Bellina Alimentari Italian market comes to Ponce City Market

Plans to open in late spring or early summer

An Italian market, eatery, wine bar, and culinary club called Bellina Alimentari will open in Ponce City Market’s Food Hall this spring or summer. At 4,000 square feet, it will inhabit the largest space in the food hall. The mind behind the project, Tal Postelnik Baum, is an Israeli architect and designer who spent the last seven years in Florence, Italy working in restaurants. After moving to Atlanta to be with family, she decided to “bring some of that Italian charm back to the [South],” she says. She shares her plans for Bellina Alimentari below.

What foods will Bellina serve?

The market will have all imported goods from small producers in Italy. We’ll have unique pasta sauces, antipasti platters, olive oil, condiments, and, of course, pasta. Our food will be Tuscan-inspired dishes ranging from charcuterie boards to mozzarella that we make daily in house. We’ll have fresh pasta dishes made from scratch in the dough room, Panini, meat stews, and homemade desserts.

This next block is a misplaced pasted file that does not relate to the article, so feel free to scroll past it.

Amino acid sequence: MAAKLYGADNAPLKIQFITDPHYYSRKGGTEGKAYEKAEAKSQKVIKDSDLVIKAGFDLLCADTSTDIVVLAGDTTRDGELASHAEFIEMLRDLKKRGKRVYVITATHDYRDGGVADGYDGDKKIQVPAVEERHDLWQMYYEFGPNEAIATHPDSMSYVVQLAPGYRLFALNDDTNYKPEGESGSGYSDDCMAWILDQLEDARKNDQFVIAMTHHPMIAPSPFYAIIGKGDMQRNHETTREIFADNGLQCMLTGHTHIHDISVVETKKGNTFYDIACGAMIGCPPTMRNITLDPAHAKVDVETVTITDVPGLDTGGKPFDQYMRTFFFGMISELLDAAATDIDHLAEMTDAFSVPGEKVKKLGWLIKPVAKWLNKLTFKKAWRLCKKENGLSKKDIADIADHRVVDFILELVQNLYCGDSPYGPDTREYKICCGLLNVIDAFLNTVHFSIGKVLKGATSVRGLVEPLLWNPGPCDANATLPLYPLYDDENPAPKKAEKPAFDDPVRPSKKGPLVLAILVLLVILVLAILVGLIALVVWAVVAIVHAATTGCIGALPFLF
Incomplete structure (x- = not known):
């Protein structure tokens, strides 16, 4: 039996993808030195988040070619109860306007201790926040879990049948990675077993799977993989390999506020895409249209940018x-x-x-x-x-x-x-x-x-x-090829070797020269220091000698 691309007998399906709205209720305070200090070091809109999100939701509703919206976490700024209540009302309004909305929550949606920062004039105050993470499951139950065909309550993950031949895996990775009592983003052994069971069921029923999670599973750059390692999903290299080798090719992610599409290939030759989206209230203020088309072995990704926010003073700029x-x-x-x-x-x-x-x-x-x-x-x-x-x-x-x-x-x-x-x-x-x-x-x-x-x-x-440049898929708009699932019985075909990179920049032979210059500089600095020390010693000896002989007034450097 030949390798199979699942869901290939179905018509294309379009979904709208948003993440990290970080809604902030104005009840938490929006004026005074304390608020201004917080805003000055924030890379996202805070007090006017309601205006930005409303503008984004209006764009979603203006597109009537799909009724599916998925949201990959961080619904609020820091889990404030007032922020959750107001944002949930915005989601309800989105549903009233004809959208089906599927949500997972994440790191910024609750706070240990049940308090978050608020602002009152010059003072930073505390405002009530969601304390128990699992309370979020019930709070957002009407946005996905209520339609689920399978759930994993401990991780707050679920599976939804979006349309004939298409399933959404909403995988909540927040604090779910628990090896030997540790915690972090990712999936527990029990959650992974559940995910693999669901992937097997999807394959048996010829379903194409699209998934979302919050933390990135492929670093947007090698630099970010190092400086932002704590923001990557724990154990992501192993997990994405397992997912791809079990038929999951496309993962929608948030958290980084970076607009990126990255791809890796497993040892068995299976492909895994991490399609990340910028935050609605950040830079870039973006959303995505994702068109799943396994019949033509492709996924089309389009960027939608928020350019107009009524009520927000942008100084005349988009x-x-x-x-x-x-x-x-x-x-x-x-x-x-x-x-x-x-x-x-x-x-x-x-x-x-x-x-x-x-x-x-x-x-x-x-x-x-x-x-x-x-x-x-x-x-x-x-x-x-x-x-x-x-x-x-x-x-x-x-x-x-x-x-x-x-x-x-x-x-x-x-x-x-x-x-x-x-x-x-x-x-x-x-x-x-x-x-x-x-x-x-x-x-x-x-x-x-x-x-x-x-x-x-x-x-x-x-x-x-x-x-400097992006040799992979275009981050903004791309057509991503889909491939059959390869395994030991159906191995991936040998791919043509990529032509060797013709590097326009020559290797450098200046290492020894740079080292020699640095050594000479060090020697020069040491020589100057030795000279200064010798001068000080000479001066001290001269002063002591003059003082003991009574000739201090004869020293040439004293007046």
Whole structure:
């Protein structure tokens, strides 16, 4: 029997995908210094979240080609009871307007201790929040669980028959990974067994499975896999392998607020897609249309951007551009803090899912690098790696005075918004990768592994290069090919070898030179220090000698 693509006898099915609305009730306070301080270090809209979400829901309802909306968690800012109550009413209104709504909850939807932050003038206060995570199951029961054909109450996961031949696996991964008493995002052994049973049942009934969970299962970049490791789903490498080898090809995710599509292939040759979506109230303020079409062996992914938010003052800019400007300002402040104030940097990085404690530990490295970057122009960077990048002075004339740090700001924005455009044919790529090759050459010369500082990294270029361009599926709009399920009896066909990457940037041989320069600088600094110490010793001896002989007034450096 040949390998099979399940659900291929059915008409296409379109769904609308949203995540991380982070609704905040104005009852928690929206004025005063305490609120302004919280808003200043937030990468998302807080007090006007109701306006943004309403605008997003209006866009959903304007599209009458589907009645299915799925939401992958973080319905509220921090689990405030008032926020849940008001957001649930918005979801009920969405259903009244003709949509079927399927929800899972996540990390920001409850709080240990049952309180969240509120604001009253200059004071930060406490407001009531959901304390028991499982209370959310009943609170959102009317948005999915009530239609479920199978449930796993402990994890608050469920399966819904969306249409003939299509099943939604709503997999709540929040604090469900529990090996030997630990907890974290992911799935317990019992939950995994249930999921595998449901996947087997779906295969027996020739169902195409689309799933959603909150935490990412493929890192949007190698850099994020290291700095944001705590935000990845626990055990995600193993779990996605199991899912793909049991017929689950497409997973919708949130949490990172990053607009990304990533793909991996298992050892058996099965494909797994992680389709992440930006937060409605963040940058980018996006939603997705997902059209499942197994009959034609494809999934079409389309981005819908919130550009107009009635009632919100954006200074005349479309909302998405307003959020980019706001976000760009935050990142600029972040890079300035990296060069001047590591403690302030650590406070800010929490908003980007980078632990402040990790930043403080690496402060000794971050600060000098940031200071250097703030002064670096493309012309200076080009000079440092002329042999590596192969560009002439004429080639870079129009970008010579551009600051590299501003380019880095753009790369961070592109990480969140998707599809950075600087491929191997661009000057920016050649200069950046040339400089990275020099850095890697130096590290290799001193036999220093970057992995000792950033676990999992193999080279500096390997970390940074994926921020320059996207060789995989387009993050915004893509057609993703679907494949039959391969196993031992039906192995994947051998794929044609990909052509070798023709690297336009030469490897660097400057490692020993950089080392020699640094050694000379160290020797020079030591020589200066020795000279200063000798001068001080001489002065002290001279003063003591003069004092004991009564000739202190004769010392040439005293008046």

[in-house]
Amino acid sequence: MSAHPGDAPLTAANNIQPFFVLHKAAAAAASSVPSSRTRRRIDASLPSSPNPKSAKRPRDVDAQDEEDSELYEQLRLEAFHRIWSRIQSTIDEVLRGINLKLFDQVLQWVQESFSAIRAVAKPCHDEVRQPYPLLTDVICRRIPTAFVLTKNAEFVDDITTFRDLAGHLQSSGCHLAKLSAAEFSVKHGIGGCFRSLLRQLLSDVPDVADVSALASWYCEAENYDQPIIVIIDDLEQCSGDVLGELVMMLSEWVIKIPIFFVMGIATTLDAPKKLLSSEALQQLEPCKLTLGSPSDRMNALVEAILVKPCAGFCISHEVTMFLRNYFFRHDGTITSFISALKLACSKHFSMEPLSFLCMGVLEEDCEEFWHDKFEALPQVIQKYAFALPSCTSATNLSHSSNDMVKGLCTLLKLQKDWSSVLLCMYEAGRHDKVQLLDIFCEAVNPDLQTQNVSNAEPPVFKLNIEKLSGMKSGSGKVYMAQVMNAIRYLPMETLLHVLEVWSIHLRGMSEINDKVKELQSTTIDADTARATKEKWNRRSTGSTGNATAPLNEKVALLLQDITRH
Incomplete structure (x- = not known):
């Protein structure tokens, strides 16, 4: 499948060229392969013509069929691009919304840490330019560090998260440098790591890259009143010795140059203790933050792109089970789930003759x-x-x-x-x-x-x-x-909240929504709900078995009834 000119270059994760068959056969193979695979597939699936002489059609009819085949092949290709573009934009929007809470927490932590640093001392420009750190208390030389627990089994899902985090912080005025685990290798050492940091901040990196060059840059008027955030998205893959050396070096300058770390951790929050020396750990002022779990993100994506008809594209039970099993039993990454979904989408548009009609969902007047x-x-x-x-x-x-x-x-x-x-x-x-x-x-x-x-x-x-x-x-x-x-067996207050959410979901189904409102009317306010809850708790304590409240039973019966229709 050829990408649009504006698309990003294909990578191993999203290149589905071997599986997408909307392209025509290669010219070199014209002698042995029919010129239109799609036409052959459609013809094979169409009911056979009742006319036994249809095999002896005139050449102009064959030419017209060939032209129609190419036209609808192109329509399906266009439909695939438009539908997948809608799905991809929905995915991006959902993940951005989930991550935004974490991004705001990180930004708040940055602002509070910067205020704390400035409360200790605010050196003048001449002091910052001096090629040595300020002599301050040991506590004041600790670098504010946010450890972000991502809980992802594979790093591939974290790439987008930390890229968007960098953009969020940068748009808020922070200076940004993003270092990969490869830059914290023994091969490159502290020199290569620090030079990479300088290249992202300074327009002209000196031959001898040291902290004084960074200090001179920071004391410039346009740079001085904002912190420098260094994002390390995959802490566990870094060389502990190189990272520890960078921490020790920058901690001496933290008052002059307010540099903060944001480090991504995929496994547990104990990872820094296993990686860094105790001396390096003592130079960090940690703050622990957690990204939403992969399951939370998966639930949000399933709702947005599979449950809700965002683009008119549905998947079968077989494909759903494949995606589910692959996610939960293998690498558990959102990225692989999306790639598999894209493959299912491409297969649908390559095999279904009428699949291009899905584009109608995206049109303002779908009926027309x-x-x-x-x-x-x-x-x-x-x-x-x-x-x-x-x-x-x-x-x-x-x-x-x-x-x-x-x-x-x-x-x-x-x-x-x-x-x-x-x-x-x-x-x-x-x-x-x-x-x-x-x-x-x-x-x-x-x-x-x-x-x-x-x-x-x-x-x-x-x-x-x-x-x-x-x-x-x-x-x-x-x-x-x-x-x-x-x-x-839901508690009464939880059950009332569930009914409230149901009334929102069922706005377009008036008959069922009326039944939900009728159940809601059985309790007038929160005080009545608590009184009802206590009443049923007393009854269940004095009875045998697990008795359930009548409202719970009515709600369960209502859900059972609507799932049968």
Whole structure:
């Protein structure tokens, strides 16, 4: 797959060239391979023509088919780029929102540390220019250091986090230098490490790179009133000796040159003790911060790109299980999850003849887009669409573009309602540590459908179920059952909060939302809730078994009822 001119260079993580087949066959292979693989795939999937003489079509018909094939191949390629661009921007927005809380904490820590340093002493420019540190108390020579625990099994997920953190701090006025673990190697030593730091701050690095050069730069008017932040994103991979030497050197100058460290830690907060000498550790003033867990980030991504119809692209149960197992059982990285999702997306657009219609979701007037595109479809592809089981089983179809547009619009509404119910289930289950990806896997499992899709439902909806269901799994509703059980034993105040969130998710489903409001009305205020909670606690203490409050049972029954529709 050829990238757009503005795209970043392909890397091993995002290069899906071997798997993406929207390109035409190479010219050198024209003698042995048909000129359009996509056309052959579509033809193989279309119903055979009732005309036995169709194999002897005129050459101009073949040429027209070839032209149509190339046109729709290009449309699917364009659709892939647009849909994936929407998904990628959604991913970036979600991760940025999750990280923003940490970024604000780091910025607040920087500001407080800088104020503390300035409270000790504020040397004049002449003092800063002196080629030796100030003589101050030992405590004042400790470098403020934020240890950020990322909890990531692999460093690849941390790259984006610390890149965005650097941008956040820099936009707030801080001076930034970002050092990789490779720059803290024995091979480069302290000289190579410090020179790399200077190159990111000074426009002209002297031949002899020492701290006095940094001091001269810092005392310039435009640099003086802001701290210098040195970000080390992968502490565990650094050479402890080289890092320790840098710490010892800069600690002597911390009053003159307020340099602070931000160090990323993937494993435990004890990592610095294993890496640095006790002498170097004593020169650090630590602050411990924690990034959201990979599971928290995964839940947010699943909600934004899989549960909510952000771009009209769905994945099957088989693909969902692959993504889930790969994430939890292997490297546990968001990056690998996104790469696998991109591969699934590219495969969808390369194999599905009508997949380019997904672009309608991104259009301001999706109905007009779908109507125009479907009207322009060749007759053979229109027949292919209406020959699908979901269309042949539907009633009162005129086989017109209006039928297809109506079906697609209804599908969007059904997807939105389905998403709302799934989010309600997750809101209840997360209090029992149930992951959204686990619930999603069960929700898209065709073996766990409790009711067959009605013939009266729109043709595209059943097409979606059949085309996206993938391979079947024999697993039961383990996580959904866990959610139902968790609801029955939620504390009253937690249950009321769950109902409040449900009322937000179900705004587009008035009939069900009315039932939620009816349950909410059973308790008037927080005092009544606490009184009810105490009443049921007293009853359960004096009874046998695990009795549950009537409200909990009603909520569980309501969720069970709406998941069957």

Are you cooking?

I am the architect of the project—I have the vision—but I will not be cooking. Bellina will have an amazing chef—someone local with a lot of experience with Italian cuisine. I can’t reveal who it is yet.

What will be served at the bar?

Toward the backside of Bellina, we’ll have an intimate wine bar. It’s the only area where you can enjoy the full dining experience. It’ll feel like a trattoria. It’s approximately fourteen seats. It’ll be first come, first serve. We’ll have Italian-inspired cocktails like negroni and cuba libre, some nice local beer, and Italian wines. You can get a glass of wine even if you don’t sit at the bar—we’ll have a wine tap next to the cash register. It’s a fast-casual concept, but we still want you to have the full Italian experience.

You’re also planning to start a culinary club. Tell me about that.

The main goal is educating people on what Italian cuisine is all about. We’ll use the dough room where we’re baking our bread during the day. At night, it’ll be transformed into a cozy and almost residential kitchen. [Customers] can book a private event dinner or sign up for a class like pasta making, using truffle cream, or wine tasting with antipasti. We’ll change the program every week.

It sounds like you’re doing a lot. How big is the space?

We have the biggest space in the Food Hall. It’s almost 4,000 square feet. Smith Hanes (the Optimist, Watershed on Peachtree) is doing the design. It’ll be very eclectic—no tacky Italian red and white tablecloths or anything like that. It’ll have warm colors, neutral materials, very earthy and welcoming. My inspiration is little historic coffee shops in Italy.

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